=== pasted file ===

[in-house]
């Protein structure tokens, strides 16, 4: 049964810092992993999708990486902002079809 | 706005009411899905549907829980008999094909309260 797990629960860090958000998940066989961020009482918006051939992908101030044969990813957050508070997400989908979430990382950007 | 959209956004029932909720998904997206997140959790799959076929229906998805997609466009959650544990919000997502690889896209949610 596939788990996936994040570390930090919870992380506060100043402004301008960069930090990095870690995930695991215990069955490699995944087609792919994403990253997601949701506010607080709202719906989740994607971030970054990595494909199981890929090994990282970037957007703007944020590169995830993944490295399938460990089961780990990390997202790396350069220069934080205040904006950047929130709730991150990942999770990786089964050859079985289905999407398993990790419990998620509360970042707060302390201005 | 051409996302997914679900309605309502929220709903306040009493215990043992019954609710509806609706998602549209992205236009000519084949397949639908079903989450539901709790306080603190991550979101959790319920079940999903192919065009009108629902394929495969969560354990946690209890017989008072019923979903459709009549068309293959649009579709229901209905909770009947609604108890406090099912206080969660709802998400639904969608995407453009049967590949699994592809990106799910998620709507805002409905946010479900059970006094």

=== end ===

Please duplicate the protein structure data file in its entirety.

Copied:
[in-house]
């Protein structure tokens, strides 16, 4: 049964810092992993999708990486902002079809 | 706005009411899905549907829980008999094909309260 797990629960860090958000998940066989961020009482918006051939992908101030044969990813957050508070997400989908979430990382950007 | 959209956004029932909720998904997206997140959790799959076929229906998805997609466009959650544990919000997502690889896209949610 596939788990996936994040570390930090919870992380506060100043402004301008960069930090990095870690995930695991215990069955490699995944087609792919994403990253997601949701506010607080709202719906989740994607971030970054990595494909199981890929090994990282970037957007703007944020590169995830993944490295399938460990089961780990990390997202790396350069220069934080205040904006950047929130709730991150990942999770990786089964050859079985289905999407398993990790419990998620509360970042707060302390201005 | 051409996302997914679900309605309502929220709903306040009493215990043992019954609710509806609706998602549209992205236009000519084949397949639908079903989450539901709790306080603190991550979101959790319920079940999903192919065009009108629902394929495969969560354990946690209890017989008072019923979903459709009549068309293959649009579709229901209905909770009947609604108890406090099912206080969660709802998400639904969608995407453009049967590949699994592809990106799910998620709507805002409905946010479900059970006094």